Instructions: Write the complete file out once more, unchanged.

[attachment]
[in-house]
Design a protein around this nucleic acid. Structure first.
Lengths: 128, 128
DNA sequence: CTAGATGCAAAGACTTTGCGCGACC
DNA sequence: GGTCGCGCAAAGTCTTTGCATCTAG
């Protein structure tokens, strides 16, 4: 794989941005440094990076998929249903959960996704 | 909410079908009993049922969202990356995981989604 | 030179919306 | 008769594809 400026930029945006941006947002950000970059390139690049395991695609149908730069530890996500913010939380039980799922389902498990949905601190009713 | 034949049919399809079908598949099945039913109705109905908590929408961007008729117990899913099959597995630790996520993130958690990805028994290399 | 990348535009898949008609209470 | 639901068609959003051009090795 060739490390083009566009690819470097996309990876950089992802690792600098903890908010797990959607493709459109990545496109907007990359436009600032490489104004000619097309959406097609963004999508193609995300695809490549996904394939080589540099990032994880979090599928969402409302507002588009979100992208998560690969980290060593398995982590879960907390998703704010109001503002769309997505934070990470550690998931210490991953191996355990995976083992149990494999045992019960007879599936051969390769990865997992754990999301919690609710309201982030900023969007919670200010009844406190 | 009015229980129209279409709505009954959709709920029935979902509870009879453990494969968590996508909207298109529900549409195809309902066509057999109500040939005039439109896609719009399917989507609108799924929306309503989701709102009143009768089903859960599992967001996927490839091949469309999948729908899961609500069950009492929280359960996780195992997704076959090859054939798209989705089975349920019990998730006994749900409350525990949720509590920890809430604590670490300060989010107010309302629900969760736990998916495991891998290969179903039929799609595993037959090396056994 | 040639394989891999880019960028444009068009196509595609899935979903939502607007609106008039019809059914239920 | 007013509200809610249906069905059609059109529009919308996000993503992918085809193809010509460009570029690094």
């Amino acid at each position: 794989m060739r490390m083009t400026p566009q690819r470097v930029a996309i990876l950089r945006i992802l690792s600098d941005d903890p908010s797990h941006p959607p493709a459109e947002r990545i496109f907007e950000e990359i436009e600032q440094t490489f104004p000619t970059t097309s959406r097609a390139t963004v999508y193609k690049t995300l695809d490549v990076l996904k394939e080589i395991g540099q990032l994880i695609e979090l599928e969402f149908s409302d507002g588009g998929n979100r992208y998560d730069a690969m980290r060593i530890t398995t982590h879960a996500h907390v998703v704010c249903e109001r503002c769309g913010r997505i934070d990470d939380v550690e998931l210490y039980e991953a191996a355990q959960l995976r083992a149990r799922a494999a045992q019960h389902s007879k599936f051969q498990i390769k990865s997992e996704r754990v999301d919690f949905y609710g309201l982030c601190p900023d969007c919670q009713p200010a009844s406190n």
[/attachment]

[in-house]
Design a protein around this nucleic acid. Structure first.
Lengths: 128, 128
DNA sequence: CTAGATGCAAAGACTTTGCGCGACC
DNA sequence: GGTCGCGCAAAGTCTTTGCATCTAG
């Protein structure tokens, strides 16, 4: 794989941005440094990076998929249903959960996704 | 909410079908009993049922969202990356995981989604 | 030179919306 | 008769594809 400026930029945006941006947002950000970059390139690049395991695609149908730069530890996500913010939380039980799922389902498990949905601190009713 | 034949049919399809079908598949099945039913109705109905908590929408961007008729117990899913099959597995630790996520993130958690990805028994290399 | 990348535009898949008609209470 | 639901068609959003051009090795 060739490390083009566009690819470097996309990876950089992802690792600098903890908010797990959607493709459109990545496109907007990359436009600032490489104004000619097309959406097609963004999508193609995300695809490549996904394939080589540099990032994880979090599928969402409302507002588009979100992208998560690969980290060593398995982590879960907390998703704010109001503002769309997505934070990470550690998931210490991953191996355990995976083992149990494999045992019960007879599936051969390769990865997992754990999301919690609710309201982030900023969007919670200010009844406190 | 009015229980129209279409709505009954959709709920029935979902509870009879453990494969968590996508909207298109529900549409195809309902066509057999109500040939005039439109896609719009399917989507609108799924929306309503989701709102009143009768089903859960599992967001996927490839091949469309999948729908899961609500069950009492929280359960996780195992997704076959090859054939798209989705089975349920019990998730006994749900409350525990949720509590920890809430604590670490300060989010107010309302629900969760736990998916495991891998290969179903039929799609595993037959090396056994 | 040639394989891999880019960028444009068009196509595609899935979903939502607007609106008039019809059914239920 | 007013509200809610249906069905059609059109529009919308996000993503992918085809193809010509460009570029690094």
């Amino acid at each position: 794989m060739r490390m083009t400026p566009q690819r470097v930029a996309i990876l950089r945006i992802l690792s600098d941005d903890p908010s797990h941006p959607p493709a459109e947002r990545i496109f907007e950000e990359i436009e600032q440094t490489f104004p000619t970059t097309s959406r097609a390139t963004v999508y193609k690049t995300l695809d490549v990076l996904k394939e080589i395991g540099q990032l994880i695609e979090l599928e969402f149908s409302d507002g588009g998929n979100r992208y998560d730069a690969m980290r060593i530890t398995t982590h879960a996500h907390v998703v704010c249903e109001r503002c769309g913010r997505i934070d990470d939380v550690e998931l210490y039980e991953a191996a355990q959960l995976r083992a149990r799922a494999a045992q019960h389902s007879k599936f051969q498990i390769k990865s997992e996704r754990v999301d919690f949905y609710g309201l982030c601190p900023d969007c919670q009713p200010a009844s406190n």